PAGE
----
Horace & Harriet Take on the Town by Clare Elsom

Horace and Harriet Take on the Town by Clare Elsom

A fun and inventive story which has echoes of the now classic Clarice Bean series.

When Harriet, aged seven and a quarter, decides to go to Princes Park to practise ‘Going to the Park on Her Own’ (i.e. with her Grandad walking at least thirty steps behind) she can’t believe her eyes. The statue of Lord Commander Horatio Fredrick Wallington Nincompoop Maximus Pimpleberry the Third (or Horace for short) starts to move. He not only moves but stamps his foot, shouts something that would get him in serious trouble with Harriet’s mum, and climbs down from his pillar. Understandably Harriet can’t resist following and quickly finds herself dragged all around the town as Horace searches for a new – and more suitable – home. His sights are firmly set on the Mayor’s mansion and it, therefore, falls to Harriet to persuade him that there must be a better alternative. Sadly, Horace’s visits to the museum, cinema, train station, playground, bank and library all cause mayhem. Luckily, however, a competition in the park reveals the perfect answer.

This is a fun and inventive story which has echoes of the now classic Clarice Bean series. While it’s a very long time since I was that age, Harriet is a very believable seven-year-old and young readers will find it easy to identify with her. They may, however, find Horace less easy to understand and his antiquated language might be slightly difficult for some. Fortunately, the context will aid understanding and, if they’re still confused, there’s a very useful glossary at the back of the book.

While I liked our two main characters, my personal favourite is one the minor supporting characters, namely Horace’s trusty second in command – the pigeon Barry. (Barry’s most significant claim to fame is that he is the only pigeon in Princes Park not to have pooed on Horace while he’s been stood on his plinth.)

The plot is simple and straightforward for young readers and the use of familiar settings around town is likely to appeal. Emerging readers are also likely to enjoy the humour in the book, from the ancient battle involving cowpats and custard pies to the way nasty girl Angela ends up covered in pigeon poo. Personally what made me smile the most was the quirky chapter headings which range from ‘The Bit You Need to Know Before the First Bit’ to ‘The Next Bit’ and ‘The Last Middle Bit’.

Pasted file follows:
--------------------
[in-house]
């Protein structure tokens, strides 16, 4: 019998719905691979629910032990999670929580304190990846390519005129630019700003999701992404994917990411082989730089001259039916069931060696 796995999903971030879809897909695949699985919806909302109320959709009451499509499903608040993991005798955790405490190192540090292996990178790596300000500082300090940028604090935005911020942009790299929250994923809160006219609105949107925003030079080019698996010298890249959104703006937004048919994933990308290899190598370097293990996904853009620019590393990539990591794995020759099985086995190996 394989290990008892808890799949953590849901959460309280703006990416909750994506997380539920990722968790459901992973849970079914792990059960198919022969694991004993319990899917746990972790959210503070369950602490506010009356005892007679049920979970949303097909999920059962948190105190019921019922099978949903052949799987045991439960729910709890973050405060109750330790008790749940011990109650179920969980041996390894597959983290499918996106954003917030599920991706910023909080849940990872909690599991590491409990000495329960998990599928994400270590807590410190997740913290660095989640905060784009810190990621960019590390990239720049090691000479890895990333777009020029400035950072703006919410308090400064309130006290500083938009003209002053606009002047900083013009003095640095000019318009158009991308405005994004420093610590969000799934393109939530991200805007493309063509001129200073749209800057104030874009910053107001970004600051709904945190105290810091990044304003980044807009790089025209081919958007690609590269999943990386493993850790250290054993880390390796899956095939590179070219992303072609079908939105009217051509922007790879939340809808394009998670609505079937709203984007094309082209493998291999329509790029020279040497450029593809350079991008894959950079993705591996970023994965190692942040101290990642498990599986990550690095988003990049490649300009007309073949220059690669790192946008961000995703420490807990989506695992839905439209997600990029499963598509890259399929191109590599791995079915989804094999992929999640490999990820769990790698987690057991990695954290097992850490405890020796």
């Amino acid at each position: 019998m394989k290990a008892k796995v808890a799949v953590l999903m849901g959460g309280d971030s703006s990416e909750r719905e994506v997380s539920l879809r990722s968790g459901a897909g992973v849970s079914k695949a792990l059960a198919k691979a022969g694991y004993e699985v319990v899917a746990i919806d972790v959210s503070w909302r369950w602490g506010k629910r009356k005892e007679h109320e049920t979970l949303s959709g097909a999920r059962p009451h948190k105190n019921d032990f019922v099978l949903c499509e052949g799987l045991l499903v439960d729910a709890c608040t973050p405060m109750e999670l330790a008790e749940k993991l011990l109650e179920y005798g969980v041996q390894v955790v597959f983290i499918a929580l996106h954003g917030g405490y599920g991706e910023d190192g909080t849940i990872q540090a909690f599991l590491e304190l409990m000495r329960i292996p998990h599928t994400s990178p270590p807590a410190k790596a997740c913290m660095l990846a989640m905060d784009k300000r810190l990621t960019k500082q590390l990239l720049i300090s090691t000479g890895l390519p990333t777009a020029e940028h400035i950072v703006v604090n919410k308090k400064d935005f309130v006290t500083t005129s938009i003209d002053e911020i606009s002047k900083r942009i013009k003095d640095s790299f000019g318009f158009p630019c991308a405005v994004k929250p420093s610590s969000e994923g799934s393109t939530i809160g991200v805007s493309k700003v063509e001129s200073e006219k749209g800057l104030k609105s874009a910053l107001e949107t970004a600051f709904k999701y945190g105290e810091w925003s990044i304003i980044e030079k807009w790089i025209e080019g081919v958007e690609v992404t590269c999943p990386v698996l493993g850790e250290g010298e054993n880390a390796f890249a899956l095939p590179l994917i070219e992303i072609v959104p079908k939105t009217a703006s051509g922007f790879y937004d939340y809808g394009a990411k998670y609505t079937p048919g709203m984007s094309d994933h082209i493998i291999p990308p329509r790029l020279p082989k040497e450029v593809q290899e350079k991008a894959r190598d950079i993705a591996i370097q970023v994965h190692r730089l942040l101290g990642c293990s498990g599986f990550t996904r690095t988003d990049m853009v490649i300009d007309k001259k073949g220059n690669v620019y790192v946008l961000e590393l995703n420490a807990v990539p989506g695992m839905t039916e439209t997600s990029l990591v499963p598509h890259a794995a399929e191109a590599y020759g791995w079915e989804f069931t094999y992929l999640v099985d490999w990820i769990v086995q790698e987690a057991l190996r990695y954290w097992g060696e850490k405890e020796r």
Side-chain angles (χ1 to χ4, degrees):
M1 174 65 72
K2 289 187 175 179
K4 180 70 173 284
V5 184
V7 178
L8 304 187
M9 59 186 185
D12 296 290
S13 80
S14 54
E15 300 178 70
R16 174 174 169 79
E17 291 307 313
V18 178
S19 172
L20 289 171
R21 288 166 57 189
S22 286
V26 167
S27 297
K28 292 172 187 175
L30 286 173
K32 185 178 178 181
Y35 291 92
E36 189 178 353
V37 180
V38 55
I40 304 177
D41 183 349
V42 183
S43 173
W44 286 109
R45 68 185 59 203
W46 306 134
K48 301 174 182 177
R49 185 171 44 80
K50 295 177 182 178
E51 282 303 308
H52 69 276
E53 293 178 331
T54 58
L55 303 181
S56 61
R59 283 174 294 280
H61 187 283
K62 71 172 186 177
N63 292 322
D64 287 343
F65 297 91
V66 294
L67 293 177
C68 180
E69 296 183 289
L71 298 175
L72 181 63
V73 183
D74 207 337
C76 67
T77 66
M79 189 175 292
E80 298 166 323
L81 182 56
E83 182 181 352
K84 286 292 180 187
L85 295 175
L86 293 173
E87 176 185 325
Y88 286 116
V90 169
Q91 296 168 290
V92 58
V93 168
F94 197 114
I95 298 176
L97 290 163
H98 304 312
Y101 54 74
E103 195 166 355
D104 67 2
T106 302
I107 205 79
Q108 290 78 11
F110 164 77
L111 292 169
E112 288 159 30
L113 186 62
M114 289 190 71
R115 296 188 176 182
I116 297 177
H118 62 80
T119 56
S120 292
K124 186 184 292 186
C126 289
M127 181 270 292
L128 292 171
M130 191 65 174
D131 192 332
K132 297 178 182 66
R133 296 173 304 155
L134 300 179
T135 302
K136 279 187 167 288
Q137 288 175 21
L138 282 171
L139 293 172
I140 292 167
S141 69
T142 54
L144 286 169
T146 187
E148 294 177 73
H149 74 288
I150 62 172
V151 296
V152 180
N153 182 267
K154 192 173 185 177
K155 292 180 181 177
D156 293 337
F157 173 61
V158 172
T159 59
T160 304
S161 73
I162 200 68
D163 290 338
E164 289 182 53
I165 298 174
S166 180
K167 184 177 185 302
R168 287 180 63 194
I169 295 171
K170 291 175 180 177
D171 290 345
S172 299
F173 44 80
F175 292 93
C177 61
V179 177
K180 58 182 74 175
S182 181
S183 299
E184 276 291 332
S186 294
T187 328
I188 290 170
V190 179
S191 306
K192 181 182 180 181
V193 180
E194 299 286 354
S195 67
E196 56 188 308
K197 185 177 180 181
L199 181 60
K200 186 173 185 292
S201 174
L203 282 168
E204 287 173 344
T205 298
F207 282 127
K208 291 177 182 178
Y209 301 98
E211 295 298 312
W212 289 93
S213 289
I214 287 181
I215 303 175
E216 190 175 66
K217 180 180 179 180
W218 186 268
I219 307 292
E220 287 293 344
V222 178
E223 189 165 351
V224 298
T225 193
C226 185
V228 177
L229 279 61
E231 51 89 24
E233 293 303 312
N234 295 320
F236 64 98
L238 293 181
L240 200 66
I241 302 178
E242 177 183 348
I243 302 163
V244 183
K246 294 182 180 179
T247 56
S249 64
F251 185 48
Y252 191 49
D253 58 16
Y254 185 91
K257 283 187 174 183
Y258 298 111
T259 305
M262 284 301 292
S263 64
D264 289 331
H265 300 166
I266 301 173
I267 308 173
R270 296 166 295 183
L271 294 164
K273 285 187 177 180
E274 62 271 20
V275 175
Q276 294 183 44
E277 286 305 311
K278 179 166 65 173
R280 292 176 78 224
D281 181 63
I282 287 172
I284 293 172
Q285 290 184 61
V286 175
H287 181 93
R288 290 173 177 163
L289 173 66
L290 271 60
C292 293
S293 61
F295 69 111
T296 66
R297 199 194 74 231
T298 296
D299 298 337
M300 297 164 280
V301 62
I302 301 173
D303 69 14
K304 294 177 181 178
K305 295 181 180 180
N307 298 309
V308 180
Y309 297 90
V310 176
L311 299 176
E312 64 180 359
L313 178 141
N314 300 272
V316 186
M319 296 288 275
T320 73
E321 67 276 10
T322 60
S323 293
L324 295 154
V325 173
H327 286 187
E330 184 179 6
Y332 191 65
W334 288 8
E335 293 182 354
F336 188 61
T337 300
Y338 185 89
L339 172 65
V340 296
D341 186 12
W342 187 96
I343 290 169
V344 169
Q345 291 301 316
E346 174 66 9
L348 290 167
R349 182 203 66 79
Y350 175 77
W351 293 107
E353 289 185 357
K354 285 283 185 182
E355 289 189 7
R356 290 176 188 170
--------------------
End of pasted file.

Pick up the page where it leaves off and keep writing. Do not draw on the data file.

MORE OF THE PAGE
While the story is well written, it is the wonderful two-colour illustrations that make this book really stand out. The characterisation is superb and there are some lovely additions and asides to the text. For example: the ducks laughing at Horace when he tries to invade the duck-house; Barry clipping a bush into the shape of a pigeon; and Grandad rowing a boat around the shed. (My only slight niggle is that I did wonder whether the picture of Grandad really looks old enough. But, perhaps, that’s just me getting old!)

If you enjoyed this, I’d recommend you read one of the stories in the classic ‘Clarice Bean’ stories by Lauren Child. Alternatively, if you enjoyed the slightly silly plot why not try Squirrel Boy vs the Squirrel Hunter by Dave Lowe.

ISBN: 978-0192758743
Publication date: March 2018
Publisher: Oxford University Press
Pages: 128
Author’s website: Clare Elsom


Review first published on The Bookbag

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